11 Most Disturbing Facts About Hurricane Sandy
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If you’re on the East Coast, things outside look pretty grey as Hurricane Sandy comes barreling towards New York and other states. The trees are blowing, the rain’s starting to come down, and reports are coming in of flooding in parts of Brooklyn and Manhattan.
Here's a round-up of 11 alarming developments.
1. Sandy is Worse Because of Climate Change
Watch out, climate change deniers: your narrative is about to be washed away. Hurricane Sandy’s massive impact may be made worse by the fact of climate change, brought on by man-made carbon emissions. While scientists have cautioned against linking individual weather events to climate change, NPR notes that researchers have begun to take the issue seriously and “are attempting to quantify the role human-driven climate change plays in particular events.”
Kevin Trenberth, a scientist in the Climate Analysis Section at the National Center for Atmospheric Research, explained how climate change was impacting Hurricane Sandy in an article re-posted on Think Progress. “Sandy is predicted to turn left and move ashore on the Atlantic coast somewhat south of New York...The sea surface temperatures along the Atlantic coast have been running at over 3C above normal for a region extending 800km off shore all the way from Florida to Canada,” writes Trenberth. “Global warming contributes 0.6C to this. With every degree C, the water holding of the atmosphere goes up 7%, and the moisture provides fuel for the tropical storm, increases its intensity, and magnifies the rainfall by double that amount compared with normal conditions.”
2. Sandy is the Worst Storm Ever, Say Meteorologists
Meteorologists have taken to pronouncing the super-storm the largest to hit the Atlantic Ocean. Bloomberg News reports that “drenching rains are soaking the mid-Atlantic states, 3 feet of snow may fall in the Appalachians and an 11.7-foot (3.5- meter) record-breaking storm surge may slosh over Manhattan’s Battery Park if Sandy’s most powerful punch arrives at the same time as the high tide.”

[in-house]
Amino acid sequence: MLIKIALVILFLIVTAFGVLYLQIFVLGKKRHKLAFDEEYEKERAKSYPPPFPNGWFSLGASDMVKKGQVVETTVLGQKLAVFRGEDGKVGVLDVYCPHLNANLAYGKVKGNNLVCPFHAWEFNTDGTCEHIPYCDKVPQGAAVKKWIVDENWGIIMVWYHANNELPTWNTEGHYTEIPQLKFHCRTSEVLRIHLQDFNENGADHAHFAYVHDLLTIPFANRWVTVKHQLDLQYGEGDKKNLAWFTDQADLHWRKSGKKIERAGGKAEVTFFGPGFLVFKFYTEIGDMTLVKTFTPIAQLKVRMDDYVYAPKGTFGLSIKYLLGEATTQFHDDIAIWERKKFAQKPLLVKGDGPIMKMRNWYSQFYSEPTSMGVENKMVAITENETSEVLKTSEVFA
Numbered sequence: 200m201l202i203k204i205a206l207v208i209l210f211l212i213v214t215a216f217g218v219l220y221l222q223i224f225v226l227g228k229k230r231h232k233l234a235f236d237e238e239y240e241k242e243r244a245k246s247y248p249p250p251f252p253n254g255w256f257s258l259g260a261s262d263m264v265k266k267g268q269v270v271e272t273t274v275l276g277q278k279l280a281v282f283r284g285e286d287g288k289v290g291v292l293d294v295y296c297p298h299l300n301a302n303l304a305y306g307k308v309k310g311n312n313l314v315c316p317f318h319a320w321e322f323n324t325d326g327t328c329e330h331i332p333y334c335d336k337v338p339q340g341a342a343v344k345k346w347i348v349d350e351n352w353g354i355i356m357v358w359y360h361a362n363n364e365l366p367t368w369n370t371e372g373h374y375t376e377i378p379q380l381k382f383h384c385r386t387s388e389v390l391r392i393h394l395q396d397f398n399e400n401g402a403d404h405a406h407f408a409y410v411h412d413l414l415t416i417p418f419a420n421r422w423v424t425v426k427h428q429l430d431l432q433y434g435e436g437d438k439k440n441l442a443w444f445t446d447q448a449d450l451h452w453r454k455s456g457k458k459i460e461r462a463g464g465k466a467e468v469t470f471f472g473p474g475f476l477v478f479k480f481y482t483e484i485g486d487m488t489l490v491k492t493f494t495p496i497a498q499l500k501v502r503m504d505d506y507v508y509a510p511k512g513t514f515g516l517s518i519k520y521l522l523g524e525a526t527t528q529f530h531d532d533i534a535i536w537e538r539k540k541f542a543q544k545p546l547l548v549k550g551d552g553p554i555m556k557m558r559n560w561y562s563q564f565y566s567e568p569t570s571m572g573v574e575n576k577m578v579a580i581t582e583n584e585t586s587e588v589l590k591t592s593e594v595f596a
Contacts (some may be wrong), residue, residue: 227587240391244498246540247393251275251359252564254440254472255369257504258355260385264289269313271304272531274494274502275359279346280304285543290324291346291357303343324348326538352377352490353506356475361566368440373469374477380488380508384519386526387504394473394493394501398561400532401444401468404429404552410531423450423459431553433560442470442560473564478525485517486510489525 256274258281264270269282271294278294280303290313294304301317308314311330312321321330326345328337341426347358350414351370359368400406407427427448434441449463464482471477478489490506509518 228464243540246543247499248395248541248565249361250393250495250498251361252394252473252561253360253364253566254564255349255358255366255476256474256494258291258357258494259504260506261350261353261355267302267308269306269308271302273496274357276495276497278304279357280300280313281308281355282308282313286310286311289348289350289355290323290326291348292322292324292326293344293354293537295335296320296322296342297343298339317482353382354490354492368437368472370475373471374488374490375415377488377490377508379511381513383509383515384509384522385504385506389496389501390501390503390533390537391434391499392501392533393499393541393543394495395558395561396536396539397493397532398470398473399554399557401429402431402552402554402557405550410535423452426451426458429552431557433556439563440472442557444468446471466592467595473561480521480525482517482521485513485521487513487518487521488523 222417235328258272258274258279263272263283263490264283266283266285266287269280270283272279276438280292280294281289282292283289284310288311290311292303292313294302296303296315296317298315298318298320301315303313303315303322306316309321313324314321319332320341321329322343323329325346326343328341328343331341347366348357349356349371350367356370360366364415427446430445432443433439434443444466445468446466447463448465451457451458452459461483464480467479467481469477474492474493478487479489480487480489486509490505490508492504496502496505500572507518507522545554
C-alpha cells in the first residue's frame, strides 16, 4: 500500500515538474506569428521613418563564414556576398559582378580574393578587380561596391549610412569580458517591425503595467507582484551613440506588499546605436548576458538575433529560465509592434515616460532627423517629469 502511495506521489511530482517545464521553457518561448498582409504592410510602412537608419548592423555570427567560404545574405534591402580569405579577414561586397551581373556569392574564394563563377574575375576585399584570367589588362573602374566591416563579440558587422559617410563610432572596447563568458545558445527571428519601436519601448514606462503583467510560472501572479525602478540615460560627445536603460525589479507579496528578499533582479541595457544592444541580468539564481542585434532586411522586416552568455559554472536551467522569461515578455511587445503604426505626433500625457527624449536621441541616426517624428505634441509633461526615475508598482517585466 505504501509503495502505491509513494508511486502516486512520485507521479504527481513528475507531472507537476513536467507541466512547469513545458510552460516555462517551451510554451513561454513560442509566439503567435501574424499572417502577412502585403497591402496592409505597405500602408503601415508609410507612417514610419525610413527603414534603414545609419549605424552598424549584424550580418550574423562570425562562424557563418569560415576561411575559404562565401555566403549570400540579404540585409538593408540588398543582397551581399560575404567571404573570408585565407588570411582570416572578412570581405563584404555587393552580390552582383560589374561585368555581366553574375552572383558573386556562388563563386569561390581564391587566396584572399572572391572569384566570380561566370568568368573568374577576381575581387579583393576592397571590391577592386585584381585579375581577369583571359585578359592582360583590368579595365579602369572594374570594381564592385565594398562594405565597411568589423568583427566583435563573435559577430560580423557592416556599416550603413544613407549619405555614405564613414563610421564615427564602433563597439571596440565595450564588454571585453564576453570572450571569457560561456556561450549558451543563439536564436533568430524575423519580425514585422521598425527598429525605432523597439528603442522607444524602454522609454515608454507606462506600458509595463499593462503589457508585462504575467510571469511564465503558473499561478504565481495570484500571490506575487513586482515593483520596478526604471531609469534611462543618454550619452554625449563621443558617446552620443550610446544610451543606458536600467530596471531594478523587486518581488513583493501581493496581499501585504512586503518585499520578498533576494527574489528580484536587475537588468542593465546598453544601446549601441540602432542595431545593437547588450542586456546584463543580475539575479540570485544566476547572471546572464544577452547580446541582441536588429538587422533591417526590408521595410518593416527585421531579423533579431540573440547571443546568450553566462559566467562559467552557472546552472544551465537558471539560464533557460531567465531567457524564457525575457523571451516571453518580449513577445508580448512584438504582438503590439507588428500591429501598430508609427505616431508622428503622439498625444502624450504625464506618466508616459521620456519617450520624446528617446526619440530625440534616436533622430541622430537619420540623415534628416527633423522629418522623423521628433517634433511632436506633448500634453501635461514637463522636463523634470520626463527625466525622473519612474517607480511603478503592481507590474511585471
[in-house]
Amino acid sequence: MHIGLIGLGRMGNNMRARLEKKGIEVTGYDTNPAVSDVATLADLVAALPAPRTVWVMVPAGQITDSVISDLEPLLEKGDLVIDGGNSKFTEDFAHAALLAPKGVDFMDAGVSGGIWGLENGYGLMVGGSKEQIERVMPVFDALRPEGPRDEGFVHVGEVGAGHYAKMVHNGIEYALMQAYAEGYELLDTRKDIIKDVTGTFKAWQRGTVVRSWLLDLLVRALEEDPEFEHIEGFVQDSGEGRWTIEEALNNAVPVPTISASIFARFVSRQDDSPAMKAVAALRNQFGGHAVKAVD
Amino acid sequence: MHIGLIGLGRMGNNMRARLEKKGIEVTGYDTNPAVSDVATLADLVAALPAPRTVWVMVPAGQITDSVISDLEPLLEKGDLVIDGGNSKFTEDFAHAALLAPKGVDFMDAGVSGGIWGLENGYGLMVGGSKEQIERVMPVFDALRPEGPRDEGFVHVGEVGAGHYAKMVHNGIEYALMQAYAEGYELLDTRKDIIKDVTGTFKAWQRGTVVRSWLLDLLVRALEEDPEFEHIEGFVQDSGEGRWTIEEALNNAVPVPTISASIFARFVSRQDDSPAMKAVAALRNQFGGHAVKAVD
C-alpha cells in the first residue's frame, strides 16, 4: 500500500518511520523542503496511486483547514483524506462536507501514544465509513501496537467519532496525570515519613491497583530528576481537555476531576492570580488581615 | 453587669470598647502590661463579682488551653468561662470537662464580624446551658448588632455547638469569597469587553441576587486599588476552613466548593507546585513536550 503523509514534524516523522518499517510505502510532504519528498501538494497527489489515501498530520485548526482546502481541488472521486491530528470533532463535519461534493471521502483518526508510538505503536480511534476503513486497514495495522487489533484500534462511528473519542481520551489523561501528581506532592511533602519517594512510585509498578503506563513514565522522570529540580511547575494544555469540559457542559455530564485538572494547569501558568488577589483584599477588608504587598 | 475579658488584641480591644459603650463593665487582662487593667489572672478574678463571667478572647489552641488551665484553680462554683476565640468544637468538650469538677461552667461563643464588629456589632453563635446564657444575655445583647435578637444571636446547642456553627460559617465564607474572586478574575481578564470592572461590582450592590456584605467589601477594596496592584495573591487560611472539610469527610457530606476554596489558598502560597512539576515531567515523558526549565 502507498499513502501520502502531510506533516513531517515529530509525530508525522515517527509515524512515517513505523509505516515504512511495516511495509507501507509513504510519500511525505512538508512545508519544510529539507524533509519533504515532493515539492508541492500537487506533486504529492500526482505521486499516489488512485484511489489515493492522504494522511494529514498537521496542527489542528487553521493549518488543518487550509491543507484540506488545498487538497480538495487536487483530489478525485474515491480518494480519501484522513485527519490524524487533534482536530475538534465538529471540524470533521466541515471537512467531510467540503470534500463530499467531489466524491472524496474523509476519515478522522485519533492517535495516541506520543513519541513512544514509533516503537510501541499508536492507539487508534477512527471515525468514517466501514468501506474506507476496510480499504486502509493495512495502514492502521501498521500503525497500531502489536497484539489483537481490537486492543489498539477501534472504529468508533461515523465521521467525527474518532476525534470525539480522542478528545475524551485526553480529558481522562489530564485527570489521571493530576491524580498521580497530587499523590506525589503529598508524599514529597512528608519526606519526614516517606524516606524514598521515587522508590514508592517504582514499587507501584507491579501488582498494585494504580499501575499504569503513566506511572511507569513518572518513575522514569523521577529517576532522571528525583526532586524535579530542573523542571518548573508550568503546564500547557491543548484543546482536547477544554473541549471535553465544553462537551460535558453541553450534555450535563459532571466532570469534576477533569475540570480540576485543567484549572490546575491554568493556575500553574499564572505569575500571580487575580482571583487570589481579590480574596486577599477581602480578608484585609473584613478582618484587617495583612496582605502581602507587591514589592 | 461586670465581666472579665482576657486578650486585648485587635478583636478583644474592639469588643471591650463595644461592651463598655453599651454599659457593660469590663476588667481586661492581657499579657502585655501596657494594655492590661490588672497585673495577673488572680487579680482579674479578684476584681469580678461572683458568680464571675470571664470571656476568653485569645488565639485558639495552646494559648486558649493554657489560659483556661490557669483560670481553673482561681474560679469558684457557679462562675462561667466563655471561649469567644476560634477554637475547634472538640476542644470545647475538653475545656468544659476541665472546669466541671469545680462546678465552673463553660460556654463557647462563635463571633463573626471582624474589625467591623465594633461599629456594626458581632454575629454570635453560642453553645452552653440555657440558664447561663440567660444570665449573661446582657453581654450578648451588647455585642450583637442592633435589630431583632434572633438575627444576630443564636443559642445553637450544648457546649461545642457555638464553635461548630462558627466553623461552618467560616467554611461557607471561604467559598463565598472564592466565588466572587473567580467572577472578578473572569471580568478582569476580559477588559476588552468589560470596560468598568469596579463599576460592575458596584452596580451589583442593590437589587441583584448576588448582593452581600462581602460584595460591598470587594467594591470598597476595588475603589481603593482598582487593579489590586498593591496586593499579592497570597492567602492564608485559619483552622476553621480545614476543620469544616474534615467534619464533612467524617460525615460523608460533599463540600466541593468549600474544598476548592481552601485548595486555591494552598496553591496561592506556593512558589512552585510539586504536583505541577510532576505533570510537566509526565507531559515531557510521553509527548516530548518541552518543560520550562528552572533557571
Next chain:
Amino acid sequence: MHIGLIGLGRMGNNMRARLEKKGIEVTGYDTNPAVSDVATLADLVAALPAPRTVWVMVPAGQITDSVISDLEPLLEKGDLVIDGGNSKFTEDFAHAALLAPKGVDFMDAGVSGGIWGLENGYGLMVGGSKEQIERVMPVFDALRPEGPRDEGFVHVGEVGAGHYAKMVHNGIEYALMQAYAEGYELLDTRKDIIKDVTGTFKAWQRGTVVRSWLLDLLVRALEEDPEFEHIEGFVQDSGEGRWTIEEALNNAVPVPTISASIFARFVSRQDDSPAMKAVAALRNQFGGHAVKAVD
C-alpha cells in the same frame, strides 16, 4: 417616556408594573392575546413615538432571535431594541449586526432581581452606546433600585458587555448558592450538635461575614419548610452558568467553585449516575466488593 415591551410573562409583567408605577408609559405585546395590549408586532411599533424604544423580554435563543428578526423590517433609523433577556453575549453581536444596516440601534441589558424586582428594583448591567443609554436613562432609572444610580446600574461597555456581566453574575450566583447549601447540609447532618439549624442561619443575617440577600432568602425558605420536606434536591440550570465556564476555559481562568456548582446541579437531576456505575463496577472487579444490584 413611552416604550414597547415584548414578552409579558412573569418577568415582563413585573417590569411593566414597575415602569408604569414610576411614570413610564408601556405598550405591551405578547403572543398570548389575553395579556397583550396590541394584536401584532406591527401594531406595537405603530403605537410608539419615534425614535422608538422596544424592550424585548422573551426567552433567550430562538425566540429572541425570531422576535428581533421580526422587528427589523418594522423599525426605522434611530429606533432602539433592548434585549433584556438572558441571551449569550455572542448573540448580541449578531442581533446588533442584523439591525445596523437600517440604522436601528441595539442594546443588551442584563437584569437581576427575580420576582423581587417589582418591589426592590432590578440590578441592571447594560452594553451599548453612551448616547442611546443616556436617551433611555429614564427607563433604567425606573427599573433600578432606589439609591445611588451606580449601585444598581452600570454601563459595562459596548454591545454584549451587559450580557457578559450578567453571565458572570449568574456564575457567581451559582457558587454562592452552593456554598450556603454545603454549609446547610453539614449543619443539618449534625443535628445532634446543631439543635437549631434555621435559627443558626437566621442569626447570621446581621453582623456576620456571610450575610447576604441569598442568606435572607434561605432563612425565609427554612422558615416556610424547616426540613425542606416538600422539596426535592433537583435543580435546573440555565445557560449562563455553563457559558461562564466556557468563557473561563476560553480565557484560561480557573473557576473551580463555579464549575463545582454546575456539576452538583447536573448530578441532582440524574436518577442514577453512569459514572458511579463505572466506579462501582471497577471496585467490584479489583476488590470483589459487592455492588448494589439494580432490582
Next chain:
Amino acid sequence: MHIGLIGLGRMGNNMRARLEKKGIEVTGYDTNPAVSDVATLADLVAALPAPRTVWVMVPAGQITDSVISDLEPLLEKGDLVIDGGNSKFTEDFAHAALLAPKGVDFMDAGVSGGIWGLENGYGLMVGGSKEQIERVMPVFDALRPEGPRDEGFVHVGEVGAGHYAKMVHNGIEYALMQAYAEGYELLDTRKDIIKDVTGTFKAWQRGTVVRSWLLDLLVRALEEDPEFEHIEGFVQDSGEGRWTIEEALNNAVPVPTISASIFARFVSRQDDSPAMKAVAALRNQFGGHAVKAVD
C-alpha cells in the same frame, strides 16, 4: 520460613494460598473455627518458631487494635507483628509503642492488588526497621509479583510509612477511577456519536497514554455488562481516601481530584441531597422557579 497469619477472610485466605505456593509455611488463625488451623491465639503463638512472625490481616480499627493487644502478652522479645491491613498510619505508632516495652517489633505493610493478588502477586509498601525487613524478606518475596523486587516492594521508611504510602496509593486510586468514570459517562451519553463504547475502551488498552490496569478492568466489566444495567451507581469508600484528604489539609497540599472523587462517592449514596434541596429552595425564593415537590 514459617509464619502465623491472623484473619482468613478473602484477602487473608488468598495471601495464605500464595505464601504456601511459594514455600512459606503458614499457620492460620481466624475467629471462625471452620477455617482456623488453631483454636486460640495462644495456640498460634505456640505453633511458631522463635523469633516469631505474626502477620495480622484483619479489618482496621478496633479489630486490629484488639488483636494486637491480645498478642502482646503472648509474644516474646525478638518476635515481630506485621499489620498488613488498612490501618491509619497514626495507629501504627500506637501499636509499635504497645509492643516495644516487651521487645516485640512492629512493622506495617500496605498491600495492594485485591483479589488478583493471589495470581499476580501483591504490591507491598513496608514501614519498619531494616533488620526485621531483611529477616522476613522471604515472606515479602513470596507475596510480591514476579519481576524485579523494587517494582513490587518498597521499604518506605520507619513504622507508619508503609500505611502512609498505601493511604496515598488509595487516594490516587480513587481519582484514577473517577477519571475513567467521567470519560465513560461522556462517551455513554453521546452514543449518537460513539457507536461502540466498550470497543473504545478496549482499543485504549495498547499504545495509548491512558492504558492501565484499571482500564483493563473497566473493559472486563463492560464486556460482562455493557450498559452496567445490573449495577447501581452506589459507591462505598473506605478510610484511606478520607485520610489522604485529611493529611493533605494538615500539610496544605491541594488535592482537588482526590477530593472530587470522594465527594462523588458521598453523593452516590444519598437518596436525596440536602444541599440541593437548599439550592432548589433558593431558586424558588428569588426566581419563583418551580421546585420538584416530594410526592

The news outlet quotes Rob Carolan, a New Hampshire-based meteorologist, as saying that “The storm is the largest tropical storm in the Atlantic. It’s about 900 miles across.” Carolan added that “I have never seen a storm this large in regards to wind flow...So many bad things had to come together all at once.”
3. Parts of New York Flooded Before the Full Impact
Gawker posts a set of photos that show how "West Manhattan's Battery Park Esplanade was pretty much under water" this morning. And this is before the worst part of the storm is set to hit.
4. Homeless People in Peril
With New York City’s shelter system already strained and bursting at the seams, Hurricane Sandy is not going to help. And inevitably, homeless people will be forced to stay outside and weather the storm somehow. One homeless man told a freelance reporter that he would not seek out emergency shelter because he did not receive help during Hurricane Irene. “They don't want us there. These shelters are for the good folks, the families that get evacuated. There is no room in there for me,” said 43-year-old James, a homeless man currently staying in Harlem. “I couldn't get help during Irene...So, I'm not gonna bother this time. I can't get into the trains and seek shelter there, because the subways are shut down."